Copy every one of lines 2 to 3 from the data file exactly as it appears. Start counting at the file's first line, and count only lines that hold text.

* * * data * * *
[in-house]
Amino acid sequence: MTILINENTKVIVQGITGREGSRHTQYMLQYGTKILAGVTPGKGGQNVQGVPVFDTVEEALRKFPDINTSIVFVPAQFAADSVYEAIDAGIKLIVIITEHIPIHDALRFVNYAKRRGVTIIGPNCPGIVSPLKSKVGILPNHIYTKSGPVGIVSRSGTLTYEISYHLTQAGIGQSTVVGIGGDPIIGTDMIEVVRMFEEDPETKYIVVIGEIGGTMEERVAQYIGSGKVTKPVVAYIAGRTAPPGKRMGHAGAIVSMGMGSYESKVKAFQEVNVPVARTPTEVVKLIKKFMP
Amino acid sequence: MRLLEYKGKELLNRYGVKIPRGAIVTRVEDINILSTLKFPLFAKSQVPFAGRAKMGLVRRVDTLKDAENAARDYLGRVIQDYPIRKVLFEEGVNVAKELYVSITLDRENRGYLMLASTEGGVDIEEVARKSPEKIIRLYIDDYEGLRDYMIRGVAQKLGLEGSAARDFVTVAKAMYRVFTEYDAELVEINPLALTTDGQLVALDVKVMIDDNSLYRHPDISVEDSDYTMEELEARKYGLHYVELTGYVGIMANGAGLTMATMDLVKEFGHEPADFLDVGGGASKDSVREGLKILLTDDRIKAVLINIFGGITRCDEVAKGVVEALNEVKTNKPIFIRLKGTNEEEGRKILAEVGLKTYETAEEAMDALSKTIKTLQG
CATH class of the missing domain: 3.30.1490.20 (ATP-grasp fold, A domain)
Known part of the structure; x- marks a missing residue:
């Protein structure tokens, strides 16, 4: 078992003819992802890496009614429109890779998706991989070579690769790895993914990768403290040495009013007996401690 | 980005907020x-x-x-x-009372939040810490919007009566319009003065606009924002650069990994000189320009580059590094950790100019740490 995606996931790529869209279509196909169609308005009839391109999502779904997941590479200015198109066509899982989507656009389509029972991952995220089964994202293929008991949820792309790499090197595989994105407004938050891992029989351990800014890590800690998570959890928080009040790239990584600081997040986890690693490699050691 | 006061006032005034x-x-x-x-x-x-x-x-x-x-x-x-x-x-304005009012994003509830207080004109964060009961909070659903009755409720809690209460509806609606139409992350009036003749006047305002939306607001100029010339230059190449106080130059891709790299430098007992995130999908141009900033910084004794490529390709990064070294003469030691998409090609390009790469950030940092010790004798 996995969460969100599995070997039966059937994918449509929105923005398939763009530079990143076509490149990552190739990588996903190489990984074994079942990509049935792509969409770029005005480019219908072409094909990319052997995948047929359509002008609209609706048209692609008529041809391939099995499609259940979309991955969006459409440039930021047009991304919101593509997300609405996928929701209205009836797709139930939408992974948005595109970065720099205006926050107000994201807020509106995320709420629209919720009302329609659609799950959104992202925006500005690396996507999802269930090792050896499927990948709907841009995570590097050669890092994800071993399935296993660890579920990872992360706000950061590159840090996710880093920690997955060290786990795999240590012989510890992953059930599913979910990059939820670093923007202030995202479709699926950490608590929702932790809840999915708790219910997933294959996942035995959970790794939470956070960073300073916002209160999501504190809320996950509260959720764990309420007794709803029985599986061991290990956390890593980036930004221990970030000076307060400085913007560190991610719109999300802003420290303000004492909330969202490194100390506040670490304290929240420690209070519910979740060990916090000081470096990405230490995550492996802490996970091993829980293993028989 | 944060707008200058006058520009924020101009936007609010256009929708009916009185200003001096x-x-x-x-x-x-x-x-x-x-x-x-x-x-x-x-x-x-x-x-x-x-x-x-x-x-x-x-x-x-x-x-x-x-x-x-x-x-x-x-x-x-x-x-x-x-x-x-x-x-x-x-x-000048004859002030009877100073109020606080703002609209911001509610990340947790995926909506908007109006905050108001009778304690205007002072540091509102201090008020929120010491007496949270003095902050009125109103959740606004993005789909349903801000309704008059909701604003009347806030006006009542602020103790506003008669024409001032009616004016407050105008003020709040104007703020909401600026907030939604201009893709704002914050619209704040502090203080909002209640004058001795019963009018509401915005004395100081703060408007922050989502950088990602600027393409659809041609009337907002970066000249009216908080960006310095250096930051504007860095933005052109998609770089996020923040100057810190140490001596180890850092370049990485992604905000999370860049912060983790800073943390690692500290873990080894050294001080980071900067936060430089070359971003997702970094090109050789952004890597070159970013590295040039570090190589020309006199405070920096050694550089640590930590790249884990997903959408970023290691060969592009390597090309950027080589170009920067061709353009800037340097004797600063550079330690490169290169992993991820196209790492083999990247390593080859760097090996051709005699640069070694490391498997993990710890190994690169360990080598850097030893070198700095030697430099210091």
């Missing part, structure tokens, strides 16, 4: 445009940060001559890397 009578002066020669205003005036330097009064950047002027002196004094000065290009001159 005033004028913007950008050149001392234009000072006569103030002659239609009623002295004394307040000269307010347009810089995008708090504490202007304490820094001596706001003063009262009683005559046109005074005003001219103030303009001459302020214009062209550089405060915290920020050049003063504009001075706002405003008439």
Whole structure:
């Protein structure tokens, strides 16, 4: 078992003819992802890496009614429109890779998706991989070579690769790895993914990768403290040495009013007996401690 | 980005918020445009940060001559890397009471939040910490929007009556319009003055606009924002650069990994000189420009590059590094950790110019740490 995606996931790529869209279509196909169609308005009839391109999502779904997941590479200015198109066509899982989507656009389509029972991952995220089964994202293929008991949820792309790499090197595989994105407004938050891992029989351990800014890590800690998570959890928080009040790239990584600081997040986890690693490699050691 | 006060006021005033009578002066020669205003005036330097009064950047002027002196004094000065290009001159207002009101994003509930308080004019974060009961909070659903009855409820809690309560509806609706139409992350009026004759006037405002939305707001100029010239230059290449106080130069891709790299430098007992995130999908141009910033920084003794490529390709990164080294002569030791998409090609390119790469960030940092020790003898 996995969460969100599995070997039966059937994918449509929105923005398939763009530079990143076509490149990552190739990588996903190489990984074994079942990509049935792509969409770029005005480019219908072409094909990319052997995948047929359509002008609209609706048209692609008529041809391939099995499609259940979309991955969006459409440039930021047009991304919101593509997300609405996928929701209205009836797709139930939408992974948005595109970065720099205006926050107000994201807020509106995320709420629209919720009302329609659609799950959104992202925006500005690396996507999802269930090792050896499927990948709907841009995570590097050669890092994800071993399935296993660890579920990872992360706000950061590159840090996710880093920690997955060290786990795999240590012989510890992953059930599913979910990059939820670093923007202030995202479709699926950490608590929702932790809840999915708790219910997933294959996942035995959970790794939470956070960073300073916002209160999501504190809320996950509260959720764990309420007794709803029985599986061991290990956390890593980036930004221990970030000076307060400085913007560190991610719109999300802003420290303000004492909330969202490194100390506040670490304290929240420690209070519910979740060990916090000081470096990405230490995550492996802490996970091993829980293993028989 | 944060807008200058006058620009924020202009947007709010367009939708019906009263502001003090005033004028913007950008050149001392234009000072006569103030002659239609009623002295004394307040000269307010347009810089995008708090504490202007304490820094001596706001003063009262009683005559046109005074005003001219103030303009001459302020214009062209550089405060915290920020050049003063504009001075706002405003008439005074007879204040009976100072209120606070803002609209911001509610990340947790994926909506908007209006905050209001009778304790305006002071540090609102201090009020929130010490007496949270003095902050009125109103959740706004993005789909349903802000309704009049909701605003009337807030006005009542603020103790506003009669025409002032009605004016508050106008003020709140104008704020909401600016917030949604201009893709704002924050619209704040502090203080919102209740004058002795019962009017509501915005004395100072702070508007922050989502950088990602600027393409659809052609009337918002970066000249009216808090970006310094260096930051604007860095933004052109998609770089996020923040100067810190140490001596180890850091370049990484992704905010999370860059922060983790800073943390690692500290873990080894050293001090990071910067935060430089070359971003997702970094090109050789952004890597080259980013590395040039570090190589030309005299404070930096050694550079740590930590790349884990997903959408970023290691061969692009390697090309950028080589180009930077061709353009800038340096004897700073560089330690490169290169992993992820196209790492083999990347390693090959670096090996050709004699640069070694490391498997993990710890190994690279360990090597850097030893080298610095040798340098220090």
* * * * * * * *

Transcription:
Amino acid sequence: MTILINENTKVIVQGITGREGSRHTQYMLQYGTKILAGVTPGKGGQNVQGVPVFDTVEEALRKFPDINTSIVFVPAQFAADSVYEAIDAGIKLIVIITEHIPIHDALRFVNYAKRRGVTIIGPNCPGIVSPLKSKVGILPNHIYTKSGPVGIVSRSGTLTYEISYHLTQAGIGQSTVVGIGGDPIIGTDMIEVVRMFEEDPETKYIVVIGEIGGTMEERVAQYIGSGKVTKPVVAYIAGRTAPPGKRMGHAGAIVSMGMGSYESKVKAFQEVNVPVARTPTEVVKLIKKFMP
Amino acid sequence: MRLLEYKGKELLNRYGVKIPRGAIVTRVEDINILSTLKFPLFAKSQVPFAGRAKMGLVRRVDTLKDAENAARDYLGRVIQDYPIRKVLFEEGVNVAKELYVSITLDRENRGYLMLASTEGGVDIEEVARKSPEKIIRLYIDDYEGLRDYMIRGVAQKLGLEGSAARDFVTVAKAMYRVFTEYDAELVEINPLALTTDGQLVALDVKVMIDDNSLYRHPDISVEDSDYTMEELEARKYGLHYVELTGYVGIMANGAGLTMATMDLVKEFGHEPADFLDVGGGASKDSVREGLKILLTDDRIKAVLINIFGGITRCDEVAKGVVEALNEVKTNKPIFIRLKGTNEEEGRKILAEVGLKTYETAEEAMDALSKTIKTLQG